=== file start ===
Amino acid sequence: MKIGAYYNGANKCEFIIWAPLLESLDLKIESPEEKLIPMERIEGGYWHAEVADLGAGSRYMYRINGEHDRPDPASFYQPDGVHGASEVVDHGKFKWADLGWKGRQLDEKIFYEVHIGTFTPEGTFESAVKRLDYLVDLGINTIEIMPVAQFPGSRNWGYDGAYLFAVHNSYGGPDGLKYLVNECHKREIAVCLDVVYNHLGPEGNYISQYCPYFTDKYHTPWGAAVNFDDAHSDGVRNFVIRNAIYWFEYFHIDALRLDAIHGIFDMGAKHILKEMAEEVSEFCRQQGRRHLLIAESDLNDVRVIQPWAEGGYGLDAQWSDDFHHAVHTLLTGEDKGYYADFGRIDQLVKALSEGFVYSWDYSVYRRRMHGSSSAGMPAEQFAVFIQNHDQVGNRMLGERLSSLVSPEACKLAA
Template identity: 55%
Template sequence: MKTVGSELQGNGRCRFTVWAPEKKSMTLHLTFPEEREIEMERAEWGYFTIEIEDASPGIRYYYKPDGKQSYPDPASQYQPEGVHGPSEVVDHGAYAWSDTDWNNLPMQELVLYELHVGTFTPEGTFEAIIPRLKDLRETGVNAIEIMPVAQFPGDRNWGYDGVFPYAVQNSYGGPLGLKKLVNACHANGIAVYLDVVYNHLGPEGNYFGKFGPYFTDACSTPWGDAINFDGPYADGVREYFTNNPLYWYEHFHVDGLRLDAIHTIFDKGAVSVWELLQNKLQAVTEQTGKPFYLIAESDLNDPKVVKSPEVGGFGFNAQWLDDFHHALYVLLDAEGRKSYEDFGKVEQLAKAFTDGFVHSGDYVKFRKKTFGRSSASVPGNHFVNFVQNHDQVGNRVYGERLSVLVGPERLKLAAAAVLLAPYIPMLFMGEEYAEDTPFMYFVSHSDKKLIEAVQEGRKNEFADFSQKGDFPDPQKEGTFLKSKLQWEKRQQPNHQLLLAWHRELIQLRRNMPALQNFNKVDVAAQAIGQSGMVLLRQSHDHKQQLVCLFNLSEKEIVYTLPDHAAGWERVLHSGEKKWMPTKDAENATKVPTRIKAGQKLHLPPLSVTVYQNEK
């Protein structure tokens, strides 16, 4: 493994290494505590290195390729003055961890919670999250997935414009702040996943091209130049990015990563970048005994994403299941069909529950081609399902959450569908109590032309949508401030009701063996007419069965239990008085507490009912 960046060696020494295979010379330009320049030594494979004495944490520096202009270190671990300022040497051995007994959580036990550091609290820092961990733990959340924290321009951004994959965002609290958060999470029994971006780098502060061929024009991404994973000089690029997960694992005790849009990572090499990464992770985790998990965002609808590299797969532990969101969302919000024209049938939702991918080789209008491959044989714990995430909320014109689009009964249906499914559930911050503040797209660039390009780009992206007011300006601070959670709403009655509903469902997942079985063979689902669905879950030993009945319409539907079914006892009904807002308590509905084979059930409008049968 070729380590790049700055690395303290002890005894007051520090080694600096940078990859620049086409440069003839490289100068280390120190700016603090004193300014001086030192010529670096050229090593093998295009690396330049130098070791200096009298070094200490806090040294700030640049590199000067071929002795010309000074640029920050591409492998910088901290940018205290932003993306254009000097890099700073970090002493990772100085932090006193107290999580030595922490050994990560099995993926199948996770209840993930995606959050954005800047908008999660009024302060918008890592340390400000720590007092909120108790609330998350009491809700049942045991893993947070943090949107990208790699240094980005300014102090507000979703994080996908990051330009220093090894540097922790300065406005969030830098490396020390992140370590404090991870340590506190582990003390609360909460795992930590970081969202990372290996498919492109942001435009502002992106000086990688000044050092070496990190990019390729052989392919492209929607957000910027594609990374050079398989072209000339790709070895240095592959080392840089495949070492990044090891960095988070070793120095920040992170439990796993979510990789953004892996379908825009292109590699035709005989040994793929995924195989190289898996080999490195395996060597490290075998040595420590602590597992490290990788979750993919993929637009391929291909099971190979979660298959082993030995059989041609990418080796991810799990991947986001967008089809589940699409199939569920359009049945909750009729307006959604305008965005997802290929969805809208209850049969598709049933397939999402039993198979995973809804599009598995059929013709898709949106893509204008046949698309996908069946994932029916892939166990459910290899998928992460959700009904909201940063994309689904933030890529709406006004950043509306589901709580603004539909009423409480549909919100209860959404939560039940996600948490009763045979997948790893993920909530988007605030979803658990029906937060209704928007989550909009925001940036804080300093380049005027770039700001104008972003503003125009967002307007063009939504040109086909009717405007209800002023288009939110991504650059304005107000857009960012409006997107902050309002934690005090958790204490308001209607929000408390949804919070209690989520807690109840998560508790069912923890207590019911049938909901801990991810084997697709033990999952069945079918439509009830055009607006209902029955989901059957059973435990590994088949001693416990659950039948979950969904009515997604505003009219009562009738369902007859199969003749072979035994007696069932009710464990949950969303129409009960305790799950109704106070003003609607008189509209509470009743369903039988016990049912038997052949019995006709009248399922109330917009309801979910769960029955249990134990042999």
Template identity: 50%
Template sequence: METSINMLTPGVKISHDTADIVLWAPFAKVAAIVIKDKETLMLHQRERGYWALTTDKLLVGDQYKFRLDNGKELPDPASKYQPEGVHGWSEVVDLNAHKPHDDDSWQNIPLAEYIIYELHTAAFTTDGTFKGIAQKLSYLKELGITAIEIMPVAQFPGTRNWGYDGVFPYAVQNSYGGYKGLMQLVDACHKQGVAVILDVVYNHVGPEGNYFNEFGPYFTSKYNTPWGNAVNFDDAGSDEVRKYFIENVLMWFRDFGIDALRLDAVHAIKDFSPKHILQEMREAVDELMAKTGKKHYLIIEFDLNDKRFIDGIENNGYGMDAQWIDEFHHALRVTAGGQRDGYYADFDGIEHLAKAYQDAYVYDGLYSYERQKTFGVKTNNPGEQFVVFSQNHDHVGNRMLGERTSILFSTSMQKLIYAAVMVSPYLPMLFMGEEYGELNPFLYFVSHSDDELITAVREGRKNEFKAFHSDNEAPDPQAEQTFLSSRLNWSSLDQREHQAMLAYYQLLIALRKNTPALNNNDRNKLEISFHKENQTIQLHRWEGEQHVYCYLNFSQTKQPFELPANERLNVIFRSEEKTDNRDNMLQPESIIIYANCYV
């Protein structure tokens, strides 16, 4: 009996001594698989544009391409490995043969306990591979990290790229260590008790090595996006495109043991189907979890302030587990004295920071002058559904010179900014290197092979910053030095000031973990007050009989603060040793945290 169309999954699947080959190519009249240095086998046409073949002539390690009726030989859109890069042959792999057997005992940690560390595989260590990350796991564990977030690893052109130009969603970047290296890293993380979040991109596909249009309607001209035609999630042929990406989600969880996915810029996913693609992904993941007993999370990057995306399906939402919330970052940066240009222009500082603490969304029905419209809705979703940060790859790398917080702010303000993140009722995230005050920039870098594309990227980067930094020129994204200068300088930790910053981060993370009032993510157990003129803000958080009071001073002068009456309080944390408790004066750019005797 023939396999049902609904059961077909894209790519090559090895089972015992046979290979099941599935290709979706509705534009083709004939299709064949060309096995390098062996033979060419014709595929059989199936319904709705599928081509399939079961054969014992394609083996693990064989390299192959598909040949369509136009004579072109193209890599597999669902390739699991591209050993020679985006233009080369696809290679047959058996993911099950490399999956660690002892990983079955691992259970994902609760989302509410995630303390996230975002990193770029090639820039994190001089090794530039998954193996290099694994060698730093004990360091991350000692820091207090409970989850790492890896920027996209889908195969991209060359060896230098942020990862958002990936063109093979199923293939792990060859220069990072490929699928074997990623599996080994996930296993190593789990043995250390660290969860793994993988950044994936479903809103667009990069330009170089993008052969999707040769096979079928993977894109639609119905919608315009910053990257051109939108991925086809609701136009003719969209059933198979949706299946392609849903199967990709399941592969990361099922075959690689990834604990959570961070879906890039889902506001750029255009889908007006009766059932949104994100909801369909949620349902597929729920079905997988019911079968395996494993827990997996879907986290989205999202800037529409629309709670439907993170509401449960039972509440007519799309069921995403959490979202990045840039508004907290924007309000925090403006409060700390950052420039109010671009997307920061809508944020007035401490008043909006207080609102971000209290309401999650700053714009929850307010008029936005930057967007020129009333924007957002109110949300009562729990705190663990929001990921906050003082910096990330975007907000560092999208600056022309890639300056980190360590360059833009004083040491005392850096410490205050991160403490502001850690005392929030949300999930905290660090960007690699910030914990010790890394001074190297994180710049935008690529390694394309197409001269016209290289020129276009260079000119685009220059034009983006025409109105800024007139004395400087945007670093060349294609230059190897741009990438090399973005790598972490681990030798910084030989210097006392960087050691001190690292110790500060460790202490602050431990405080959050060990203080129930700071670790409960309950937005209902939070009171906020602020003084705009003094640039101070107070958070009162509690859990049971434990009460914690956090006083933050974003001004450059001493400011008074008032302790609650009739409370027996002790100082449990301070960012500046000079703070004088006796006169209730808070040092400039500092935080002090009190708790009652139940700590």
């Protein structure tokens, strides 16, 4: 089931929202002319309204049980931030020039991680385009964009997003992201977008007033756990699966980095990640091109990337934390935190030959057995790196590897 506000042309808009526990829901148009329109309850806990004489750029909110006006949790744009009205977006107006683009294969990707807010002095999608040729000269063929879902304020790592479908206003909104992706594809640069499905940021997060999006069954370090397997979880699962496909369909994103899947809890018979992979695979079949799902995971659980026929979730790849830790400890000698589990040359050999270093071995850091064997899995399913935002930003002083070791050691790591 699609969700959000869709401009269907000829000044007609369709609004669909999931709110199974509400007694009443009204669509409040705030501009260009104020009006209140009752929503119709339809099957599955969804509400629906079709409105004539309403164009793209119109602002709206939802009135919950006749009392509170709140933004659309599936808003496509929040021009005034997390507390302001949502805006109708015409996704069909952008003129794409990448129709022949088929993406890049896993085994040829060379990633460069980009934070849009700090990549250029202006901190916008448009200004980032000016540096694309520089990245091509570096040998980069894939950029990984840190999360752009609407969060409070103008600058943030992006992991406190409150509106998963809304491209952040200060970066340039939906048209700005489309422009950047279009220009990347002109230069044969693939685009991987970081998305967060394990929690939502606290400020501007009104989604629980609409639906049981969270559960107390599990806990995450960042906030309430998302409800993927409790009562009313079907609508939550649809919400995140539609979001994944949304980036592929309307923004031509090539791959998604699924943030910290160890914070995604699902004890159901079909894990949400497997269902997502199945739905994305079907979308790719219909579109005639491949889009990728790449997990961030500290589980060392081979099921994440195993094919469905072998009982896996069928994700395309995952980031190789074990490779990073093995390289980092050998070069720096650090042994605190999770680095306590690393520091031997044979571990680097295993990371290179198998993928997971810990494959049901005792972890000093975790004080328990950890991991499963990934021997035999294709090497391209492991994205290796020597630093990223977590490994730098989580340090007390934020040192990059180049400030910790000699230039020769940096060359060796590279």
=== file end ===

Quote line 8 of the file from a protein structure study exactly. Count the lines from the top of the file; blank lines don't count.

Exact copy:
């Protein structure tokens, strides 16, 4: 089931929202002319309204049980931030020039991680385009964009997003992201977008007033756990699966980095990640091109990337934390935190030959057995790196590897 506000042309808009526990829901148009329109309850806990004489750029909110006006949790744009009205977006107006683009294969990707807010002095999608040729000269063929879902304020790592479908206003909104992706594809640069499905940021997060999006069954370090397997979880699962496909369909994103899947809890018979992979695979079949799902995971659980026929979730790849830790400890000698589990040359050999270093071995850091064997899995399913935002930003002083070791050691790591 699609969700959000869709401009269907000829000044007609369709609004669909999931709110199974509400007694009443009204669509409040705030501009260009104020009006209140009752929503119709339809099957599955969804509400629906079709409105004539309403164009793209119109602002709206939802009135919950006749009392509170709140933004659309599936808003496509929040021009005034997390507390302001949502805006109708015409996704069909952008003129794409990448129709022949088929993406890049896993085994040829060379990633460069980009934070849009700090990549250029202006901190916008448009200004980032000016540096694309520089990245091509570096040998980069894939950029990984840190999360752009609407969060409070103008600058943030992006992991406190409150509106998963809304491209952040200060970066340039939906048209700005489309422009950047279009220009990347002109230069044969693939685009991987970081998305967060394990929690939502606290400020501007009104989604629980609409639906049981969270559960107390599990806990995450960042906030309430998302409800993927409790009562009313079907609508939550649809919400995140539609979001994944949304980036592929309307923004031509090539791959998604699924943030910290160890914070995604699902004890159901079909894990949400497997269902997502199945739905994305079907979308790719219909579109005639491949889009990728790449997990961030500290589980060392081979099921994440195993094919469905072998009982896996069928994700395309995952980031190789074990490779990073093995390289980092050998070069720096650090042994605190999770680095306590690393520091031997044979571990680097295993990371290179198998993928997971810990494959049901005792972890000093975790004080328990950890991991499963990934021997035999294709090497391209492991994205290796020597630093990223977590490994730098989580340090007390934020040192990059180049400030910790000699230039020769940096060359060796590279």